From Scholastica Onyeka, Makurdi
The United Nations Children’s Fund, (UNICEF), has said that child and maternal mortality rates will be reduced by early attendance to health facilities instead of traditional health attendants.
This observation was made during a one day media dialogue with journalists organized by the Broadcasting Corporation of Abia state, (BCA), in collaboration with UNICEF on dissemination of Multiple Indicator Cluster Survey, (MICS) 2021, held in Port Harcourt, Rivers state.
Objectives of the meeting was to galvanize actions, unify with government and persons in position to take favourable action for children and women’s welfare and to also call the media to action for increased reportage of children and women’s situation.
According to the MICS report, 1 in every 10 children born in Nigeria dies before the fifth birthday due to many factors among which includes non adherence to safety measures like registration and attendance of health facilities for antenatal, immunization, exclusive breastfeeding among others.
A communique issues at the end of the programme journalists were charged to interprete the data contextually so that the audience will understand the issues and be able to take actions for improvement advising that instead of patronizing traditional health attendants, mothers should register early at health facilities to avoid complication and reduce mortality rates.
The meeting applauded UNICEF for continued commitment to ensuring public education on elimination of harmful practices against women and children and urged government and other corporate bodies to complement their efforts and programmes by improving the welfare of women and children.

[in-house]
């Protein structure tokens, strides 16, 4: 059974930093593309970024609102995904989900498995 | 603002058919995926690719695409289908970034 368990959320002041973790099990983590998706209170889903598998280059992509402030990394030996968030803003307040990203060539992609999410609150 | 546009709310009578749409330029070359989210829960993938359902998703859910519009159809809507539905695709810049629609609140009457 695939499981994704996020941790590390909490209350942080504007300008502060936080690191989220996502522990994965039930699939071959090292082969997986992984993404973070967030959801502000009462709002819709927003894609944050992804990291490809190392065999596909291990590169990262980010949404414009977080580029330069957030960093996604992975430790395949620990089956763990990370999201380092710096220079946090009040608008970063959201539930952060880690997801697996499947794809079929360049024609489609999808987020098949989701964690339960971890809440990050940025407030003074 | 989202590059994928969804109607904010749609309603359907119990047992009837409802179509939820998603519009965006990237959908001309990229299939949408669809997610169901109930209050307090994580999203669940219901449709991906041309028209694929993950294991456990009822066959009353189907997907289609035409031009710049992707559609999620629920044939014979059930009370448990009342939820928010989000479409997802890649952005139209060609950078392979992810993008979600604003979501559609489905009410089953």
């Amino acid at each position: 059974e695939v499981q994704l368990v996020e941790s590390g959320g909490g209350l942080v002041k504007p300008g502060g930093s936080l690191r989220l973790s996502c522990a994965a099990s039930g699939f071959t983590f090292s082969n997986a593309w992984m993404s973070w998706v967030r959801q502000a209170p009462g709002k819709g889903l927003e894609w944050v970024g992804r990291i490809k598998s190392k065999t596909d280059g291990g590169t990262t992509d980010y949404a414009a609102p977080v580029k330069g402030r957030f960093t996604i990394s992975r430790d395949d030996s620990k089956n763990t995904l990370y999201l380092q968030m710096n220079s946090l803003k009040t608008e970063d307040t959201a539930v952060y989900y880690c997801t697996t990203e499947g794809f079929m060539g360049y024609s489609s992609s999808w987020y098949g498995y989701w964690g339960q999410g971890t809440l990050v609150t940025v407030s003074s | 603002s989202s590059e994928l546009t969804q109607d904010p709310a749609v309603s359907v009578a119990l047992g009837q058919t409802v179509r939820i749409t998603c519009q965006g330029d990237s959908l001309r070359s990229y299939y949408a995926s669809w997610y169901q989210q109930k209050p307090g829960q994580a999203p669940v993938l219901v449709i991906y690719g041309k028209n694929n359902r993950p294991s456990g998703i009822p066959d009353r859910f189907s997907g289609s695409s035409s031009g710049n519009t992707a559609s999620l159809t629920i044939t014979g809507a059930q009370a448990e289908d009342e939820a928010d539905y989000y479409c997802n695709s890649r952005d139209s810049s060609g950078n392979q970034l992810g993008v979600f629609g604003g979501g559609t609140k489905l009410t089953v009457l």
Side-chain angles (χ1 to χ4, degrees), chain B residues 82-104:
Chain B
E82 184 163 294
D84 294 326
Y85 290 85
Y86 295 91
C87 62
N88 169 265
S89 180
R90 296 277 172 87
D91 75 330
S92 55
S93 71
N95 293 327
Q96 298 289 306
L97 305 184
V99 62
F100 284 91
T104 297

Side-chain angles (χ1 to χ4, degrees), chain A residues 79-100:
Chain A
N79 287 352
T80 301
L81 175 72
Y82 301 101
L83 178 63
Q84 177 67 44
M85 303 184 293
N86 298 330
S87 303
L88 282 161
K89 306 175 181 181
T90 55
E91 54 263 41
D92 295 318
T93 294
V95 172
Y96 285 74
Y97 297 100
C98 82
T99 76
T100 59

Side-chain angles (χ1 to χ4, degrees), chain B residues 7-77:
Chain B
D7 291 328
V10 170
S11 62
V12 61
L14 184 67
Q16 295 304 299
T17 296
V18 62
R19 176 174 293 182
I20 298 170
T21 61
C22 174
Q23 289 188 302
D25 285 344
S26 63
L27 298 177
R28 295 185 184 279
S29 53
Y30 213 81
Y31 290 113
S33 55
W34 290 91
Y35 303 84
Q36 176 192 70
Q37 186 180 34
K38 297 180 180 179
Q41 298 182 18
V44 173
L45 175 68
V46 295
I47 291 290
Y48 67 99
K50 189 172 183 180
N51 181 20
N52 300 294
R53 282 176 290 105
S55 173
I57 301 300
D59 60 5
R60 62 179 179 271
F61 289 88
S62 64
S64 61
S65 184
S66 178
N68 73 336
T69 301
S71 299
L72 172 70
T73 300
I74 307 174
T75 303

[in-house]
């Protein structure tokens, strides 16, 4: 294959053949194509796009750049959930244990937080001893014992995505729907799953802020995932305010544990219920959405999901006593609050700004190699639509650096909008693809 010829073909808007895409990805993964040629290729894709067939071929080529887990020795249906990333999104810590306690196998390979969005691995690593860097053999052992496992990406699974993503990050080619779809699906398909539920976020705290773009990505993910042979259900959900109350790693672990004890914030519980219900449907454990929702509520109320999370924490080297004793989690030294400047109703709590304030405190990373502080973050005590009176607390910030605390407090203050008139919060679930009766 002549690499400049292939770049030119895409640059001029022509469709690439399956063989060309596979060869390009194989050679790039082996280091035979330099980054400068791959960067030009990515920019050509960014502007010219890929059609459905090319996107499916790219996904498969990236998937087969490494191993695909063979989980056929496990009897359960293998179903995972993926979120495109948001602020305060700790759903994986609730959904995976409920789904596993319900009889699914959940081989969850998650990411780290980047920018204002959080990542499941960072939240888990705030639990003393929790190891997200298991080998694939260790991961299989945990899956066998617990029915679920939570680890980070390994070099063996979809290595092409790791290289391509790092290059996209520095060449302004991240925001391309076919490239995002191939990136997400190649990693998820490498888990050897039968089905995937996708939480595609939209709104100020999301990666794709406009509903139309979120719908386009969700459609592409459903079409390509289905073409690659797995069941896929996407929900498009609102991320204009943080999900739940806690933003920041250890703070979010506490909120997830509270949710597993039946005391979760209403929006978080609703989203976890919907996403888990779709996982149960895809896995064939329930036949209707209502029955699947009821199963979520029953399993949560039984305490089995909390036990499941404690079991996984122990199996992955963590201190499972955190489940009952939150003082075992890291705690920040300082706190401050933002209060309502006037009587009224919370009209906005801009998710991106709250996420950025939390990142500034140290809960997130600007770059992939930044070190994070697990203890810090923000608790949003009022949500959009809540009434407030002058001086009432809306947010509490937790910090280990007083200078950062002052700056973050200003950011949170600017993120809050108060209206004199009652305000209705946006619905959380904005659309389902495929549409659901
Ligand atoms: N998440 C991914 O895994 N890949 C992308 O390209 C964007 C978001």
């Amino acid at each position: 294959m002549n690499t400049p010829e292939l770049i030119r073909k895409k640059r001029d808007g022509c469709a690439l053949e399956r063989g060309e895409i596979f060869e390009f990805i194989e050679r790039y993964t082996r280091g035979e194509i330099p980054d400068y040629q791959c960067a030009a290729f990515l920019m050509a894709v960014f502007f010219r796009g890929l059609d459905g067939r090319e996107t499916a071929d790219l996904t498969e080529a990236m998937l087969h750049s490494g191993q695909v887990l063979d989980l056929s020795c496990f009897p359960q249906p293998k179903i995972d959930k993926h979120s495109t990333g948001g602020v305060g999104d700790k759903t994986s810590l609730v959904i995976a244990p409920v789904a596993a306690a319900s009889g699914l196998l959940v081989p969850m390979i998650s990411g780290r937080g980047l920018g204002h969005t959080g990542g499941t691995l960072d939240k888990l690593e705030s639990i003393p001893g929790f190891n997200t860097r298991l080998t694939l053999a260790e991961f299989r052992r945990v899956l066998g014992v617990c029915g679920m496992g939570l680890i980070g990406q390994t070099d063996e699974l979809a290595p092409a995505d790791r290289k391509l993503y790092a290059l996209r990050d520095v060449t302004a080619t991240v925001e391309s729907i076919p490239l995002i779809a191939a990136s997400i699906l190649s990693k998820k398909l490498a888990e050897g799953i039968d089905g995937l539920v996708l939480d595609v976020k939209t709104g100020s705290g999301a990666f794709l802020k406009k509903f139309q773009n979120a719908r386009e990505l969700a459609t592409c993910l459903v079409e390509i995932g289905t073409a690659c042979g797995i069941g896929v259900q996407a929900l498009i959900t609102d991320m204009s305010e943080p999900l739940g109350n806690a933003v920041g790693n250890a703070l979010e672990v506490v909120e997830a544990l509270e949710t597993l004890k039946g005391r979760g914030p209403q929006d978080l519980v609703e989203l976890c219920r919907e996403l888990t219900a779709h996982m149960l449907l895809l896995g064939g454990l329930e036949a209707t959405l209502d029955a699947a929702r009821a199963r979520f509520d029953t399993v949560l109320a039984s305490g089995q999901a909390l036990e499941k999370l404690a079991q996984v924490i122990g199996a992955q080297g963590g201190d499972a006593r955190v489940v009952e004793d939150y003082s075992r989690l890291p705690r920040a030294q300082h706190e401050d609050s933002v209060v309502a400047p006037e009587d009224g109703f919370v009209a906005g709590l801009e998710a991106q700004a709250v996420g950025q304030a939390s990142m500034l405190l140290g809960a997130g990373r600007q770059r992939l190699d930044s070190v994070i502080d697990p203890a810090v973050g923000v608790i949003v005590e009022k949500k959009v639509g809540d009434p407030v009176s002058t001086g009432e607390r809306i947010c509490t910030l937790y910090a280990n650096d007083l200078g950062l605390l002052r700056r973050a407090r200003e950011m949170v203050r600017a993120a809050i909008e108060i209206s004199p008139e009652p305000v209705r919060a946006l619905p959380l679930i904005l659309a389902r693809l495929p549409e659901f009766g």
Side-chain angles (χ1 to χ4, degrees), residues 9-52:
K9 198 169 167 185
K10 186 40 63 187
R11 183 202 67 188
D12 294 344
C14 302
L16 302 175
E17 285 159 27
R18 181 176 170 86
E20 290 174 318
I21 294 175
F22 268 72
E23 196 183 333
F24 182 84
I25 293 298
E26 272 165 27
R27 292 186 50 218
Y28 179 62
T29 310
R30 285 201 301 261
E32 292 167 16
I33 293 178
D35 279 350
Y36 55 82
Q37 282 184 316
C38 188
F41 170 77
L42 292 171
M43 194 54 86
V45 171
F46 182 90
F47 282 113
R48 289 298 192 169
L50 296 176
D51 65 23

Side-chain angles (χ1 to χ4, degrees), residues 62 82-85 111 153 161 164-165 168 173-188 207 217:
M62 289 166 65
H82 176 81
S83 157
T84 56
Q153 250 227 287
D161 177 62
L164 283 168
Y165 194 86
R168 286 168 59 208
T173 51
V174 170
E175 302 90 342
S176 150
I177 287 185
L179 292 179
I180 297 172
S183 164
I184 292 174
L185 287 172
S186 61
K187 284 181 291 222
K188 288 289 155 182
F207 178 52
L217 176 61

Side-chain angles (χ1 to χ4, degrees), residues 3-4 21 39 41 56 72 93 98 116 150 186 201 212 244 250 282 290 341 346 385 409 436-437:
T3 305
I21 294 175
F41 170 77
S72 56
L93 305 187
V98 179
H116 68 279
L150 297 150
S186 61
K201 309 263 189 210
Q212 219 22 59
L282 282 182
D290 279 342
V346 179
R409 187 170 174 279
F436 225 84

It also resolved that the media should improve and increase its media programmes tailored to sensitize people and institutions to understand and embrace the need to stop traditional and cultural practices that are inimical to development of women and children.
The meeting expressed happiness that early marriage rates have reduced from 44% to 30% since 2016 and urged stake holders to sustain the tempo for continued reduction.
The meeting was disappointed that some states have remained low in rating as it concerns exclusive breastfeeding, early attendance to antenatal services, routine immunization, birth registration and called for improved compliance to reduce these gloomy pictures.
Journalists and media chief executives drawn from 11 states in south south, south east and north central political zones of Nigeria attended the meeting.